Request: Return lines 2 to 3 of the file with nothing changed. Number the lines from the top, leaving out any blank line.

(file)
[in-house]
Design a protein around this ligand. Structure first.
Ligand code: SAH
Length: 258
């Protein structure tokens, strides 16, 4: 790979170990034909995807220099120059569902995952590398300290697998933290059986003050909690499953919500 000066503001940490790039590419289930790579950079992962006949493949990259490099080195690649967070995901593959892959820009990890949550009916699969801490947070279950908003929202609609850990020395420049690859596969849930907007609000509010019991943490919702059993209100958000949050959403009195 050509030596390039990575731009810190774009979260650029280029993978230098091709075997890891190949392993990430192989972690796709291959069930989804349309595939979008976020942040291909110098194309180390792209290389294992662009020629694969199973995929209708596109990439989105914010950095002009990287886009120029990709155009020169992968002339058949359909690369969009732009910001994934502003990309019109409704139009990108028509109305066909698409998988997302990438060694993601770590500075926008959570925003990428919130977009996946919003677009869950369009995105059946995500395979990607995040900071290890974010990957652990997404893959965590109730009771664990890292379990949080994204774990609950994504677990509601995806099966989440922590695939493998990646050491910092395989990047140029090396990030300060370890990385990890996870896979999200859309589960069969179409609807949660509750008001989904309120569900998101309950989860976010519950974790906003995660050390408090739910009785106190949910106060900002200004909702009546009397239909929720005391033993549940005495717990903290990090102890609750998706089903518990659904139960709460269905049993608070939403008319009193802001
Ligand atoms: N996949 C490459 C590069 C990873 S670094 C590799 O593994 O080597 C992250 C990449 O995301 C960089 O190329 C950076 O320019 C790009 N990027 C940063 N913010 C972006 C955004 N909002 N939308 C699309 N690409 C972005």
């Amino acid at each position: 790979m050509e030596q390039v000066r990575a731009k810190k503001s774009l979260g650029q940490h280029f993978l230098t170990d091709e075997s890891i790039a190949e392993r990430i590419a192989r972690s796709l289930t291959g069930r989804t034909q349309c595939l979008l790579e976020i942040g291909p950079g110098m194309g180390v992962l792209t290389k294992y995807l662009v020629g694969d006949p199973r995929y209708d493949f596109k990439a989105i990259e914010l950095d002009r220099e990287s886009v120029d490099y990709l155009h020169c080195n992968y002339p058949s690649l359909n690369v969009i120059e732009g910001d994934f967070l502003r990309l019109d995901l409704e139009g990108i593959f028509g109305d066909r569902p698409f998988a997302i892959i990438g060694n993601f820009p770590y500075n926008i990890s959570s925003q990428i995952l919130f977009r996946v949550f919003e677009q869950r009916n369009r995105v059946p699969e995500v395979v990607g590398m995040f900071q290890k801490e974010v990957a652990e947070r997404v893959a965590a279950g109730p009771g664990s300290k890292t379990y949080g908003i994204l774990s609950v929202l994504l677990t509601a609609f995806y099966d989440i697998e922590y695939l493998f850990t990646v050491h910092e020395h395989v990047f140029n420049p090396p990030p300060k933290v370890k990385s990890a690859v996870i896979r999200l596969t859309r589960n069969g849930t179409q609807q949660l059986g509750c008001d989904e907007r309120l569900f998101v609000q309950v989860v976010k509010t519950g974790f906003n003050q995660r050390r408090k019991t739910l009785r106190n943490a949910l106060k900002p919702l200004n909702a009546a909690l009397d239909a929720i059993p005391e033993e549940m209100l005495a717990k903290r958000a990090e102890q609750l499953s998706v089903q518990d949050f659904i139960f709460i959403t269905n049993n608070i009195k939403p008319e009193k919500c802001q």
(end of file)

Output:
Design a protein around this ligand. Structure first.
Ligand code: SAH